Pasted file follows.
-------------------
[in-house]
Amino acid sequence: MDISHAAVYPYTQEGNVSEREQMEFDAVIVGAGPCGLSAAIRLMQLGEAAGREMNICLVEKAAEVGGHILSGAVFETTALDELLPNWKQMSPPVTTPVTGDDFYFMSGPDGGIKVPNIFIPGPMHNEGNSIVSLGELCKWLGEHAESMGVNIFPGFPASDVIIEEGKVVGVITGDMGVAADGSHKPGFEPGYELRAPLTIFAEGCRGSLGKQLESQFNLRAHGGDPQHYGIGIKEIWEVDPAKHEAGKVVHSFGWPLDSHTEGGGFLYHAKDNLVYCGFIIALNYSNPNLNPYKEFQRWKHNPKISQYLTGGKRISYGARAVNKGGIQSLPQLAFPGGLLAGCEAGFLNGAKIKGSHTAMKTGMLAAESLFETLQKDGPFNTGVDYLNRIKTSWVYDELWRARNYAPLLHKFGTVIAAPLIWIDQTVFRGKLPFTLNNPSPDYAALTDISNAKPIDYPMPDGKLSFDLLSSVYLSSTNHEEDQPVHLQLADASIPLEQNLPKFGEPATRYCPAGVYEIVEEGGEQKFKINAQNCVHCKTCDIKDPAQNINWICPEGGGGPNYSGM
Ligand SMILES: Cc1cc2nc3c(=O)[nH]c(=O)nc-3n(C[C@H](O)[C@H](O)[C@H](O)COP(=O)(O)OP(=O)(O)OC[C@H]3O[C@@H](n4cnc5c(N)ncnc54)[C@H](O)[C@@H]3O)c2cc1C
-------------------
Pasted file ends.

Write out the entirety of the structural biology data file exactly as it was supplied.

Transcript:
[in-house]
Amino acid sequence: MDISHAAVYPYTQEGNVSEREQMEFDAVIVGAGPCGLSAAIRLMQLGEAAGREMNICLVEKAAEVGGHILSGAVFETTALDELLPNWKQMSPPVTTPVTGDDFYFMSGPDGGIKVPNIFIPGPMHNEGNSIVSLGELCKWLGEHAESMGVNIFPGFPASDVIIEEGKVVGVITGDMGVAADGSHKPGFEPGYELRAPLTIFAEGCRGSLGKQLESQFNLRAHGGDPQHYGIGIKEIWEVDPAKHEAGKVVHSFGWPLDSHTEGGGFLYHAKDNLVYCGFIIALNYSNPNLNPYKEFQRWKHNPKISQYLTGGKRISYGARAVNKGGIQSLPQLAFPGGLLAGCEAGFLNGAKIKGSHTAMKTGMLAAESLFETLQKDGPFNTGVDYLNRIKTSWVYDELWRARNYAPLLHKFGTVIAAPLIWIDQTVFRGKLPFTLNNPSPDYAALTDISNAKPIDYPMPDGKLSFDLLSSVYLSSTNHEEDQPVHLQLADASIPLEQNLPKFGEPATRYCPAGVYEIVEEGGEQKFKINAQNCVHCKTCDIKDPAQNINWICPEGGGGPNYSGM
Ligand SMILES: Cc1cc2nc3c(=O)[nH]c(=O)nc-3n(C[C@H](O)[C@H](O)[C@H](O)COP(=O)(O)OP(=O)(O)OC[C@H]3O[C@@H](n4cnc5c(N)ncnc54)[C@H](O)[C@@H]3O)c2cc1C